As tragic as Tyisha Miller’s death was, it remained a fairly local issue until the family got Sharpton and his crowd involved. When he came the national media came with him and issues of police misconduct in Riverside became national news. He was hard working and very sensitive to the needs of the family. And none of his efforts cost the family or the steering committee a dime.

He might get you arrested

Even before Sharpton hit the ground in Riverside, there was talk of civil disobedience -going to jail as a form of protest. People had been marching by the thousands but the police officers who shot Tyisha Miller had still not been fired or even disciplined. The community was getting restless and dangerous. Sharpton suggested that we conduct a major march to the downtown police headquarters, block the entrance, and force our arrest. The publicity would force the city to move.

Well, I quickly found out that the clergy in Riverside was not as eager as the clergy in Birmingham and Montgomery to go to jail. Some of them reminded me that this wasn’t the 60s. Some of them reminded me that they had unpaid traffic tickets! But there I was, leading from the front. In charge and eventually in jail.

He’s not always consistent

It could have been my ears, but I thought I heard Sharpton and Dick Gregory say, “Don’t worry brothers and sisters. We’ll be the first ones in and the last ones out! We’ll be the first ones arrested and the last ones released!” That was particularly encouraging to a reluctant band of leaders, some of whom weren’t sure if they could get out of jail as easily as they could get in.

True to his word, Sharpton was the first to be arrested. I was in the next wave, about 15 minutes behind. As I walked into the holding area with my friend Robert Edwards, who did I see walking out of the holding area but Al Sharpton and Dick Gregory. It’s probably not appropriate to reveal what I thought or said, but so much for the first being last and the last being first! He’s human.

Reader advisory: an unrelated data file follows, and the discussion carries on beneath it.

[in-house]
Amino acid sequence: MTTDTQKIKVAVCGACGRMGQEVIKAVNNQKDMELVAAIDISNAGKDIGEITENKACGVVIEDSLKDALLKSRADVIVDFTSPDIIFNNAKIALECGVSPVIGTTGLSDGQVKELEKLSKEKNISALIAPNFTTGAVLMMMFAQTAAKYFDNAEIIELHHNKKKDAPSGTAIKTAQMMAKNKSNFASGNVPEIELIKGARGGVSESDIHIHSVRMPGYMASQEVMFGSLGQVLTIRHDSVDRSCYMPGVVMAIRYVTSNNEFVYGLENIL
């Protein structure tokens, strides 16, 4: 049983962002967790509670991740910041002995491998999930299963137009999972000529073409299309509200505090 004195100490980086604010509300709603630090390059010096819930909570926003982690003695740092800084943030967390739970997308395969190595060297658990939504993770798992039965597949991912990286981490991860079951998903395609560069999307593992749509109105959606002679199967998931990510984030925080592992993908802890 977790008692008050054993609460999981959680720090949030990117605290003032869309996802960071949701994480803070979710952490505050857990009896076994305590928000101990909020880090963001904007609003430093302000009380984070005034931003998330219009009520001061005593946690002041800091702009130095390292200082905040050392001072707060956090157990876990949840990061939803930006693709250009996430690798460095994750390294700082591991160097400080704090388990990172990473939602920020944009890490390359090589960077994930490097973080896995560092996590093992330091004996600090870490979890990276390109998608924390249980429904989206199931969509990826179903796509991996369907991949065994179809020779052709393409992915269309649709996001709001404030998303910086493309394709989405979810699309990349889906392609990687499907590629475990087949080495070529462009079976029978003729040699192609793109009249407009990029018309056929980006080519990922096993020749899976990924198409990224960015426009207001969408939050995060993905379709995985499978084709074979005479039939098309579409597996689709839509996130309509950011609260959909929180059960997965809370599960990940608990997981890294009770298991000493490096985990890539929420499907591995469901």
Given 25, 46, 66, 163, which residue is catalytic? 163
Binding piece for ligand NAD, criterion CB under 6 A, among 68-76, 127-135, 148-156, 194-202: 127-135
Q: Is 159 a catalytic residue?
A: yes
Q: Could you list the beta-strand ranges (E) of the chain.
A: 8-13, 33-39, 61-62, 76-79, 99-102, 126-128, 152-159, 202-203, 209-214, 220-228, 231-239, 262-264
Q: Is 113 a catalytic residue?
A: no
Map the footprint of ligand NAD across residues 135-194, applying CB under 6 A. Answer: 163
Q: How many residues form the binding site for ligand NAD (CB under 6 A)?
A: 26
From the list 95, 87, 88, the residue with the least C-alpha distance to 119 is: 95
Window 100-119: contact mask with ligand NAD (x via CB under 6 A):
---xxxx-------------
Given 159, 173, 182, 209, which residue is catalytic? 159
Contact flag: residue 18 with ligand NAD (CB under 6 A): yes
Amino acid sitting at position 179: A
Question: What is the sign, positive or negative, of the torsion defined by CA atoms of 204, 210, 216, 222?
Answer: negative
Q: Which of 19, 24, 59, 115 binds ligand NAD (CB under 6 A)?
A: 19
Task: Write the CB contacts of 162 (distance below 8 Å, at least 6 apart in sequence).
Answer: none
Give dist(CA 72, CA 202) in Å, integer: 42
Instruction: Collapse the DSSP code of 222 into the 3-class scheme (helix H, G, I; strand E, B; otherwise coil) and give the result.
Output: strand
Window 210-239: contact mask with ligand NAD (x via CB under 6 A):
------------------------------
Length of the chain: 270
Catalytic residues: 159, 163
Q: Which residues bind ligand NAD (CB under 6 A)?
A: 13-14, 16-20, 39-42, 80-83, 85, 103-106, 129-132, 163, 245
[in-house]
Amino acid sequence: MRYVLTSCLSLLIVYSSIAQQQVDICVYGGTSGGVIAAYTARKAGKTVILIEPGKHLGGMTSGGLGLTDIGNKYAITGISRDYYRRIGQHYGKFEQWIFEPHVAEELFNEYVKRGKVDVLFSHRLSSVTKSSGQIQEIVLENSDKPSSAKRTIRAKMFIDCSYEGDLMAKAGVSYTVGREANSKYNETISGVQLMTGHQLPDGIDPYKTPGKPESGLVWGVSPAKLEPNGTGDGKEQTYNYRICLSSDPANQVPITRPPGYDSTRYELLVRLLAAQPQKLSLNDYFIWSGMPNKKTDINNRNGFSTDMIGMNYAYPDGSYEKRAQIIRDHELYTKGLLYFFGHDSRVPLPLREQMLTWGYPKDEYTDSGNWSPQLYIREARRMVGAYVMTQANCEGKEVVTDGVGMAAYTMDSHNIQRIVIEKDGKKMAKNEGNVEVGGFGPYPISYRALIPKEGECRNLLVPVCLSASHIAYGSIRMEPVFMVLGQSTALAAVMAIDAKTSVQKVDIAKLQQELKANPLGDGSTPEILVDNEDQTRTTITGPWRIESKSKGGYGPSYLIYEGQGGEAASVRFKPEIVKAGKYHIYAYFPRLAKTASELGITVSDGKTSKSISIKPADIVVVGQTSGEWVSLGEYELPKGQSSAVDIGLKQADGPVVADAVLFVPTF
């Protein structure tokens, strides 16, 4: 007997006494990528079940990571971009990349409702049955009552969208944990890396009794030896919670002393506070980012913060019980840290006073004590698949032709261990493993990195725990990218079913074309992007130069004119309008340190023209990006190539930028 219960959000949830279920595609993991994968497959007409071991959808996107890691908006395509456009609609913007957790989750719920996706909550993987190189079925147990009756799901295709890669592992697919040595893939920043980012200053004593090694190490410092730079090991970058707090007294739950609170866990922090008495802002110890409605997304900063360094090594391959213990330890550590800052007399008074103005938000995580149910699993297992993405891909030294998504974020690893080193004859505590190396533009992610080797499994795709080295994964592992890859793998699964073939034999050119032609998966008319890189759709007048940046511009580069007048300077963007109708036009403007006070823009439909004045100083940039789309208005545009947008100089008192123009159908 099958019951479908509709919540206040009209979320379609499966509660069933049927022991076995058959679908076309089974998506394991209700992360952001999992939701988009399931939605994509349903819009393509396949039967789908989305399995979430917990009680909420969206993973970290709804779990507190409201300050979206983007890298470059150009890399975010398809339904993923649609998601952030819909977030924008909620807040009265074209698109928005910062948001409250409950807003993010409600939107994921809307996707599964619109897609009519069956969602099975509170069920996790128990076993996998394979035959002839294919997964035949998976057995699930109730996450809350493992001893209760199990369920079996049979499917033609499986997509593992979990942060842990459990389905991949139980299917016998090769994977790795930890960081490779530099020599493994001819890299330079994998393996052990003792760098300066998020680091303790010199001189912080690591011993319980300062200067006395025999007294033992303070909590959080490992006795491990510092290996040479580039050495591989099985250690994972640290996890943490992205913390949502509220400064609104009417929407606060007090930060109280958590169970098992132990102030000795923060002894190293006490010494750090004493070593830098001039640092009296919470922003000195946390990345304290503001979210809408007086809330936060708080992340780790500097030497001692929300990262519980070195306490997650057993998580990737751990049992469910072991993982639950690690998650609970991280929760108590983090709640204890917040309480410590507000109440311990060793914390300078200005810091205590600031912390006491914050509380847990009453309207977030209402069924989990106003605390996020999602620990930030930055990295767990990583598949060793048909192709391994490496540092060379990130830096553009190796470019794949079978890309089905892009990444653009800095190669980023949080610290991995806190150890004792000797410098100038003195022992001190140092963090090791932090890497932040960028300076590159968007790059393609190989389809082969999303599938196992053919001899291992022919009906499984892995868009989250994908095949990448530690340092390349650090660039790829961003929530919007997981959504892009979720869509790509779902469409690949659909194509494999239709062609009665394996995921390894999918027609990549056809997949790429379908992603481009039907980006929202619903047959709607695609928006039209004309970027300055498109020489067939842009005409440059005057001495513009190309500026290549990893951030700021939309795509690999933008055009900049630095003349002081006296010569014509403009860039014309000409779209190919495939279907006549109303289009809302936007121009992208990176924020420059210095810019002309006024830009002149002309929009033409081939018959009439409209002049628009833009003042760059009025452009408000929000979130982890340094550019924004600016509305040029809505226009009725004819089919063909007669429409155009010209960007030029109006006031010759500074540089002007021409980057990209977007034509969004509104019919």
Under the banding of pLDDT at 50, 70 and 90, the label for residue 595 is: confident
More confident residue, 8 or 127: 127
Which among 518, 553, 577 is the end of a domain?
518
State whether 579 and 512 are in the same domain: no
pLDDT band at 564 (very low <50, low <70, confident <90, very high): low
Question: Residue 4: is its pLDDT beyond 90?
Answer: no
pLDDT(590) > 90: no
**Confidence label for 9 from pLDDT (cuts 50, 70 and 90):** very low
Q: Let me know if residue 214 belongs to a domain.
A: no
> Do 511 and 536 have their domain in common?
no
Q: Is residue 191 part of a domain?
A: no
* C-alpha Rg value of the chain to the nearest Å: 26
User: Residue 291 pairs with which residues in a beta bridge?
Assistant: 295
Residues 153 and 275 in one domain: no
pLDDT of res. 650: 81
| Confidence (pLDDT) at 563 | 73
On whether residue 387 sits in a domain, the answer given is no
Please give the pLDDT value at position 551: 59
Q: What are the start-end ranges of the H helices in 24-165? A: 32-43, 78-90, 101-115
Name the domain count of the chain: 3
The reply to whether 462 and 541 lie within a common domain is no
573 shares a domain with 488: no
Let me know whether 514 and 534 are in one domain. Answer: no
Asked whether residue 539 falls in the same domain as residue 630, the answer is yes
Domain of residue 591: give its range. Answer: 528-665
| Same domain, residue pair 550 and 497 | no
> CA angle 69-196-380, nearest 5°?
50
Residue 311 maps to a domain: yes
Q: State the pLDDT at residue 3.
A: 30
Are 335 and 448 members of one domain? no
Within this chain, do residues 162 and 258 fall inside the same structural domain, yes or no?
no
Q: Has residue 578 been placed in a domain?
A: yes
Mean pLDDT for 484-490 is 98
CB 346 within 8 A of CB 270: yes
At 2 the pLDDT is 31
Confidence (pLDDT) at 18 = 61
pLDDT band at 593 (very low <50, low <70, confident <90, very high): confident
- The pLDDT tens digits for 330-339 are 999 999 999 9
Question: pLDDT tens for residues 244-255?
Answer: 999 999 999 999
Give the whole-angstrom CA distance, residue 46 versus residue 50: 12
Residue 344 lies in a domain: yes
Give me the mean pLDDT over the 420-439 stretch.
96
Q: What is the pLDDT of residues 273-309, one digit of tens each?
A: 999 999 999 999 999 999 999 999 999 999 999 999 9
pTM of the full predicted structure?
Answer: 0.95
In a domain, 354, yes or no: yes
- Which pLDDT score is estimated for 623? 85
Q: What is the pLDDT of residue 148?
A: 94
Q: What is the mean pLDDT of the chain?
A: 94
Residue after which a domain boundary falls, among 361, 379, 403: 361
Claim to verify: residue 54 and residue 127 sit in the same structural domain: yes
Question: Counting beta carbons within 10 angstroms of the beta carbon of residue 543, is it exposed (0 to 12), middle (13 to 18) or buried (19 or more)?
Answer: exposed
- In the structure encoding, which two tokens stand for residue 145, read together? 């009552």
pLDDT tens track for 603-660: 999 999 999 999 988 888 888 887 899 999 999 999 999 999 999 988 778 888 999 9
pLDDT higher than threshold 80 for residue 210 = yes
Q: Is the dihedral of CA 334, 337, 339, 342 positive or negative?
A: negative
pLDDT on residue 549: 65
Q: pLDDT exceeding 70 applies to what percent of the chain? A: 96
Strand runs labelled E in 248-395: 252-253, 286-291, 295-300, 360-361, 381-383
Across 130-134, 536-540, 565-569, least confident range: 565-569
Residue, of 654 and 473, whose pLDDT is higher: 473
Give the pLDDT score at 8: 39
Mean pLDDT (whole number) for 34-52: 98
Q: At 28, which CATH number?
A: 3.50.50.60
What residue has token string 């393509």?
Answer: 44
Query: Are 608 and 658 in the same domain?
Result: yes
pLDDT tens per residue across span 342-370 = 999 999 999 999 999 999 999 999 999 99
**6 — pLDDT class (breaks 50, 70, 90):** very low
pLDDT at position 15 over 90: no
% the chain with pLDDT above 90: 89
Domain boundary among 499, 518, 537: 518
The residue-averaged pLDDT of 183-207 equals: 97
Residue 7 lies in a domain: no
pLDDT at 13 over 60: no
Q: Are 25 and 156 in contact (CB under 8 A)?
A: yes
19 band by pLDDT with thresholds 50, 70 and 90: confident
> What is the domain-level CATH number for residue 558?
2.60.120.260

He was always courageous

The quality I respected most in Sharpton was his courage. He was absolutely fearless. Under constant attack from law enforcement. Misquoted by the media. Second guessed by even some of the victims he attempted to help. He never wavered. He came early, worked hard, and stayed late. You don’t really understand or appreciate the Sharpton’s of the world until you need their help.

Sharpton and I disagree on some significant subjects. But we need more people willing to publicly stand for what they believe. People with the courage to speak for those who can’t effectively speak for themselves. Because at some point, you might very well need someone to advocate for you. Martin Niemoller, a pastor who spent years in a Nazi concentration camp put it this way.

First, they came for the Socialists, and I did not speak out—
Because I was not a Socialist.

Then they came for the Trade Unionists, and I did not speak out—
Because I was not a Trade Unionist.

Then they came for the Jews, and I did not speak out—
Because I was not a Jew.

Then they came for me—and there was no one left to speak for me.